Home Heart Failure Symptoms LivaNova initiates Vitaria System study to treat heart failure

LivaNova initiates Vitaria System study to treat heart failure

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UK-based medical technology firm LivaNova has started implanting patients in the ANTHEM-HFrEF pivotal study with its Vitaria System for treating advanced heart failure.

The Vitaria System is designed to deliver autonomic regulation therapy (ART) through vagus nerve stimulation (VNS). The device is intended for patients who experience symptoms of heart failure even after guideline-directed medical therapy.

“According to the company, Vitaria may be the first implantable active neurostimulation system intended for advanced heart failure treatment.”

In 2015, the system secured the European CE-Mark, while the US Food and Drug Administration (FDA) granted expedited access pathway designation last year.

ANTHEM-HFrEF is an international, multi-centre, randomised study designed to assess the safety and efficacy of autonomic regulation therapy delivered by the Vitaria System in around 800 subjects.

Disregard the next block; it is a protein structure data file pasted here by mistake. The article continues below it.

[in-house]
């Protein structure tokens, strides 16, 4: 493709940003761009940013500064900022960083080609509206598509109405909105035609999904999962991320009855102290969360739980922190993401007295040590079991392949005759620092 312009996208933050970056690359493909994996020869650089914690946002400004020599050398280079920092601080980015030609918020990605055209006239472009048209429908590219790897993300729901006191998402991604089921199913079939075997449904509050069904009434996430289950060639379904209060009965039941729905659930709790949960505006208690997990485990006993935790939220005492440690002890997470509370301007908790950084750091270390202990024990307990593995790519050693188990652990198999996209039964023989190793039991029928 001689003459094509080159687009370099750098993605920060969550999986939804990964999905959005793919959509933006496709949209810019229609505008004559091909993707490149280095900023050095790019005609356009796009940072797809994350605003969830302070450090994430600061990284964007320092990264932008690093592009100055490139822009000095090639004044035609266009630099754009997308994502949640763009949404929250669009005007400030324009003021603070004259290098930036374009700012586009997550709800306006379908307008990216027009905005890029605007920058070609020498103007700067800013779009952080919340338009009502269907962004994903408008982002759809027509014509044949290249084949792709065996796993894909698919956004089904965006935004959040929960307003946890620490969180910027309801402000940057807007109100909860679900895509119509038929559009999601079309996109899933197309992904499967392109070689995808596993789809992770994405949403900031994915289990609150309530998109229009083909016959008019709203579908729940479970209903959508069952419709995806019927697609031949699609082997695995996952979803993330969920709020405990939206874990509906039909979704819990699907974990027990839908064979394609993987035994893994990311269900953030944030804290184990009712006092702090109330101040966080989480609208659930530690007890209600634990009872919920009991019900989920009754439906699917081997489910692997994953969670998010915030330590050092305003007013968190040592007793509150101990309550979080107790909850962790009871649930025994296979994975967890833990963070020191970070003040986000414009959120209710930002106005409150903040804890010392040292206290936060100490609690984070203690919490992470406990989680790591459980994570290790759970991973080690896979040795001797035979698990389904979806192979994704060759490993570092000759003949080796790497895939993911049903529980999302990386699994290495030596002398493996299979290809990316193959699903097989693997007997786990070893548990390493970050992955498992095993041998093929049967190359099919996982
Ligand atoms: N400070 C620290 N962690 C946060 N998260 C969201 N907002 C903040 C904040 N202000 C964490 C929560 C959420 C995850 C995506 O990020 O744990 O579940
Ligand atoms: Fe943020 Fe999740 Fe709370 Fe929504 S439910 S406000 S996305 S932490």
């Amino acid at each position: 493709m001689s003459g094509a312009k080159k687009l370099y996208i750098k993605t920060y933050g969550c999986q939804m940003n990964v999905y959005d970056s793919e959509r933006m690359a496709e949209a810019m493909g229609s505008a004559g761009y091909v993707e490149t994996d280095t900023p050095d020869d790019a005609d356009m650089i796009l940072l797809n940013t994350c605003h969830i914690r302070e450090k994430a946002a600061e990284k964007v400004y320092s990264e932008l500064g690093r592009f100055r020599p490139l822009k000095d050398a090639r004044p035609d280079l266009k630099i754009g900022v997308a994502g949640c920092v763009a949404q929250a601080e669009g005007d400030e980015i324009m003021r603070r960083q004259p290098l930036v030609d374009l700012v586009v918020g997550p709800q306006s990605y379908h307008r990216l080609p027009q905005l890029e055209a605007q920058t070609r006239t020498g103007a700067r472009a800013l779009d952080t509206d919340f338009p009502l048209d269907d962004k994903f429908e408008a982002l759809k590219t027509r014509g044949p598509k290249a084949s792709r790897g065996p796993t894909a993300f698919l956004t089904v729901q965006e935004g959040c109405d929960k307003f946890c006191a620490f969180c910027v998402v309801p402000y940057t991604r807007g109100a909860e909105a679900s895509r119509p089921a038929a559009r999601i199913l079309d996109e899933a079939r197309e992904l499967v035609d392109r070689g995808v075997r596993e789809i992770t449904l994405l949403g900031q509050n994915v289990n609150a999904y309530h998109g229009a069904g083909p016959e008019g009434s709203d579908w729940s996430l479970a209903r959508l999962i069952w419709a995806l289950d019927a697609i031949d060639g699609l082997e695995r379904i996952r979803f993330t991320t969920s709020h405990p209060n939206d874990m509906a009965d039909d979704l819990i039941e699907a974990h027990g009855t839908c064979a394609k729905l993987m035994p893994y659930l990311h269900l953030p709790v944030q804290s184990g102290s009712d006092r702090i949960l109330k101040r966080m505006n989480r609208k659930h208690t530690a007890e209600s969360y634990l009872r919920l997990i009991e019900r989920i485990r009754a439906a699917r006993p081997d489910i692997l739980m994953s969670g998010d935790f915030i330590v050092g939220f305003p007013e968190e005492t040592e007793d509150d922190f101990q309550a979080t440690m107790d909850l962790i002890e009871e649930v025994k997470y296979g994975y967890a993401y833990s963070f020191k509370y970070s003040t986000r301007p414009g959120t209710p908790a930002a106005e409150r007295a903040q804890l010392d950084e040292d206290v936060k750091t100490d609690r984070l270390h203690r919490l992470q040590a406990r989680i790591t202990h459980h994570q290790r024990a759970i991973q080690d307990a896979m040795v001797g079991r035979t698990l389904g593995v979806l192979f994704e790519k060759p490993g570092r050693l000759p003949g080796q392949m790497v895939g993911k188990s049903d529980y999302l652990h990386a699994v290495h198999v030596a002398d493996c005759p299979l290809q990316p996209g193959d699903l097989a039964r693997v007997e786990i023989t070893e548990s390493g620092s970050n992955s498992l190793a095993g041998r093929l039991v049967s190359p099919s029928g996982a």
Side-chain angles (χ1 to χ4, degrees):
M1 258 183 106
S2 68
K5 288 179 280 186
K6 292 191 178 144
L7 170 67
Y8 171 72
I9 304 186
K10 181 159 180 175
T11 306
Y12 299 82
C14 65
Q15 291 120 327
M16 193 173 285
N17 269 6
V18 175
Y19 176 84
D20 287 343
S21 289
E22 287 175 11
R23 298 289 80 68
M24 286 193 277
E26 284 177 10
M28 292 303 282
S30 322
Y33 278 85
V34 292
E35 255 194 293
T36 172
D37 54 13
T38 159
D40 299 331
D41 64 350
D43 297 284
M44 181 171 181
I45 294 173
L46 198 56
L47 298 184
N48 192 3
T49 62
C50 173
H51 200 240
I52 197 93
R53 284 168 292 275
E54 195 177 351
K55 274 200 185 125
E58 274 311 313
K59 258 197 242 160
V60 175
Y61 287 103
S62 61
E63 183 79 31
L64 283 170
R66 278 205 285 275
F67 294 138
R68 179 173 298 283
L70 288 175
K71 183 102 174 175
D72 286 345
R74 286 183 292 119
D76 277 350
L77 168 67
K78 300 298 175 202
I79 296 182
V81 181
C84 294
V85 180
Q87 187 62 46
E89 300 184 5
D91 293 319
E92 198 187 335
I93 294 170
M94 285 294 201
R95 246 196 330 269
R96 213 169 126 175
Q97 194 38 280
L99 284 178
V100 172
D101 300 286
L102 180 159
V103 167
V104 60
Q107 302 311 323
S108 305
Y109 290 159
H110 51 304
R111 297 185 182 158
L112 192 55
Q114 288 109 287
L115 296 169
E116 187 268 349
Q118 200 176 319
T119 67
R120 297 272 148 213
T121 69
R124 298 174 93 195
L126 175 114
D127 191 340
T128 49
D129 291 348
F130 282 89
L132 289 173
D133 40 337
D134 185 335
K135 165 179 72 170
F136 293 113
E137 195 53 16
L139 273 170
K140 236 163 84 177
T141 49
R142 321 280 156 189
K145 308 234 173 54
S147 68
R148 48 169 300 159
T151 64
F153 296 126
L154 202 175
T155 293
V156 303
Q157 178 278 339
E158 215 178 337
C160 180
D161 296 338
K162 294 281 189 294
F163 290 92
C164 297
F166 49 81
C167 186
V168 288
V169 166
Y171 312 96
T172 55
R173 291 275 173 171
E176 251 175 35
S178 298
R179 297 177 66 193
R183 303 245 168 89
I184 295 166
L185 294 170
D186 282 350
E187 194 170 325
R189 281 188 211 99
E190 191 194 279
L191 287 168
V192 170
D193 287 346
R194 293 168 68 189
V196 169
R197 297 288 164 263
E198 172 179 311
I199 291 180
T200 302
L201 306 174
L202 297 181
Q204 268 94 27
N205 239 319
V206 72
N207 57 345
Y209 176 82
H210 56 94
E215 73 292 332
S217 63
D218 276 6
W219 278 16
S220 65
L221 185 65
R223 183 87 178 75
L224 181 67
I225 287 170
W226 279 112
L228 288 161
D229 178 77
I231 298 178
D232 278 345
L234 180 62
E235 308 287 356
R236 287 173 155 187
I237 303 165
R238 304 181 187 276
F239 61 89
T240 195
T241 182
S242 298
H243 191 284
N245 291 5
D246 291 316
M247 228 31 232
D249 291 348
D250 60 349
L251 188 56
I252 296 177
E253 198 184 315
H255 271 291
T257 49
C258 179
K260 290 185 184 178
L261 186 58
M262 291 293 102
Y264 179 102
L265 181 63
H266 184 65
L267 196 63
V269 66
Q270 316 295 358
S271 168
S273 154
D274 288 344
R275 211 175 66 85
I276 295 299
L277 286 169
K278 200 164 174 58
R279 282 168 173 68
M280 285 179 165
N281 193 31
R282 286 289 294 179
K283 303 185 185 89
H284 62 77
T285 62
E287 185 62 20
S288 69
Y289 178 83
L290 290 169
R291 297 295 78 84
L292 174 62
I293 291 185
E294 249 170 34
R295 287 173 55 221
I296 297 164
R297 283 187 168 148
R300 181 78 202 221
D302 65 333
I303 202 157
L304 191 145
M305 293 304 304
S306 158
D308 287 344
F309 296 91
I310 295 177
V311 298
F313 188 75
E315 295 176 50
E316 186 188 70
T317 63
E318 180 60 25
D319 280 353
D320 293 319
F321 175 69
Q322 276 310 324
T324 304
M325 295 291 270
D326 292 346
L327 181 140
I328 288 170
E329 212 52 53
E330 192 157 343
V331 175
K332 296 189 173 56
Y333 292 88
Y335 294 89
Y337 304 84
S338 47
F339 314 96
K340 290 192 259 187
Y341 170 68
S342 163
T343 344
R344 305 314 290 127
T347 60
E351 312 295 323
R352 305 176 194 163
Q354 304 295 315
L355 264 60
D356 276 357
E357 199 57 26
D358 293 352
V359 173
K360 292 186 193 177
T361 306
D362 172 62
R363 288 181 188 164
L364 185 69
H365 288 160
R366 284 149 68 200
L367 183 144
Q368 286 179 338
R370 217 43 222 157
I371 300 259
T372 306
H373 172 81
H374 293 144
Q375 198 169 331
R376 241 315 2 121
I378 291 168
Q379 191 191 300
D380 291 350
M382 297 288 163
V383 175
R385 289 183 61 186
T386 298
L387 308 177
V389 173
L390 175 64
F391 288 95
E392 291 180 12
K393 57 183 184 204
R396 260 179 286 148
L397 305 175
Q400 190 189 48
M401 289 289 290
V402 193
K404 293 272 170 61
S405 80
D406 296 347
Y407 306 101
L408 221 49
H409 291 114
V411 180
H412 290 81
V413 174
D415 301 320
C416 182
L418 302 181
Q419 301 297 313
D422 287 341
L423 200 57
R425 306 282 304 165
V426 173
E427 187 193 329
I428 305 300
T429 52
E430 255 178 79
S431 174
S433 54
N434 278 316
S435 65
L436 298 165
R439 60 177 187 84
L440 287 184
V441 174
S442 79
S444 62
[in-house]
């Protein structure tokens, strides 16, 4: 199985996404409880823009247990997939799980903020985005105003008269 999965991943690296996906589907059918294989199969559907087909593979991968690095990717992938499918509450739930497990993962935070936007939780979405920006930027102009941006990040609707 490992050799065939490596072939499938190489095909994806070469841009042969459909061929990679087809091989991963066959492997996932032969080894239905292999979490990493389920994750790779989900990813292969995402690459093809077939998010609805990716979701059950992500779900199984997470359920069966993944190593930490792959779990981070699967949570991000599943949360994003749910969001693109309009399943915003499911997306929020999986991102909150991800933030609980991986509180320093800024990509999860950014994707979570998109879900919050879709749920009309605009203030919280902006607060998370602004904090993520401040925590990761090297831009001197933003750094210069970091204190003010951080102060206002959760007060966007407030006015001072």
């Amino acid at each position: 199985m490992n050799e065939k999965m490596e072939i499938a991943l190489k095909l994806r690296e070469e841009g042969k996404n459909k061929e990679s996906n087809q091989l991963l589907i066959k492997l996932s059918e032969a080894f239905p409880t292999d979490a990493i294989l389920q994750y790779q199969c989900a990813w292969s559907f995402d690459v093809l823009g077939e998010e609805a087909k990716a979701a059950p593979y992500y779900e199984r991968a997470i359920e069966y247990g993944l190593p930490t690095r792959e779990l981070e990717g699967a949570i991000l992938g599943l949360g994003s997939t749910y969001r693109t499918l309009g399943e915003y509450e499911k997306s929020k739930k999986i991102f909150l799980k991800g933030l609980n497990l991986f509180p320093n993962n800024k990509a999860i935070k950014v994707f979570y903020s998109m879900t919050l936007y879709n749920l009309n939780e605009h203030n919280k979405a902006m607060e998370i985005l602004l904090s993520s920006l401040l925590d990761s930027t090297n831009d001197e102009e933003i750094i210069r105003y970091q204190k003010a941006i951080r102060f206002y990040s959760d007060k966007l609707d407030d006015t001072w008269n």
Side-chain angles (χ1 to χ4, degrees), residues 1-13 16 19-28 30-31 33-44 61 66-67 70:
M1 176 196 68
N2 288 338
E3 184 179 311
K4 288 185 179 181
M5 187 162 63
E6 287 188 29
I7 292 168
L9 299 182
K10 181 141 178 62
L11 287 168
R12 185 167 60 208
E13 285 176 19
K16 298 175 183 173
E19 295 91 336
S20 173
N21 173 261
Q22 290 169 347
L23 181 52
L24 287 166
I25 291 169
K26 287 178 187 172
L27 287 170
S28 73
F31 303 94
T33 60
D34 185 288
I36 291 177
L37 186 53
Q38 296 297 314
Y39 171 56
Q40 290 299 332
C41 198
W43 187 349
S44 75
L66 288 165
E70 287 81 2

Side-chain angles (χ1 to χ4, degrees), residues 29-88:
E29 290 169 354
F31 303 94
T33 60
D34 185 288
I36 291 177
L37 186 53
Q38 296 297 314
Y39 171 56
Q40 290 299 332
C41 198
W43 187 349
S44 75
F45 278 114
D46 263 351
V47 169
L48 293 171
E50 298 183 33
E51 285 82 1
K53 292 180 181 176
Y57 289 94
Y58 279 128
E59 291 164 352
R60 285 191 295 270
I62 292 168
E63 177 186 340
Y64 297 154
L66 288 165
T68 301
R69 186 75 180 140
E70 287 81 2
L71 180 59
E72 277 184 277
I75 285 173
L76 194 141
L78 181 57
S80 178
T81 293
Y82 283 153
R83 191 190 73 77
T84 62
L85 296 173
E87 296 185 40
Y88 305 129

During the trial, the device will be implanted on the right cervical vagus nerve to deliver continuous, periodic VNS stimulation.

The first implant was carried out at UnityPoint Health – St. Luke’s Hospital in Cedar Rapids, Iowa, US.

LivaNova Neuromodulation general manager Edward Andrle said: “Autonomic regulation therapy is based on our market-leading experience derived from VNS Therapy, which is used to treat other disorders.

“The ANTHEM-HFrEF pivotal study brings us closer to offering the Vitaria System to a large segment of the more than 20 million people currently battling heart failure around the world.”

According to the company, Vitaria may be the first implantable active neurostimulation system intended for advanced heart failure treatment if the system displays statistically and clinically meaningful improvements in certain pre-specified endpoints of heart failure symptoms, hospitalisation and survival during the study.

The pivotal trial is expected to be completed in December 2022.

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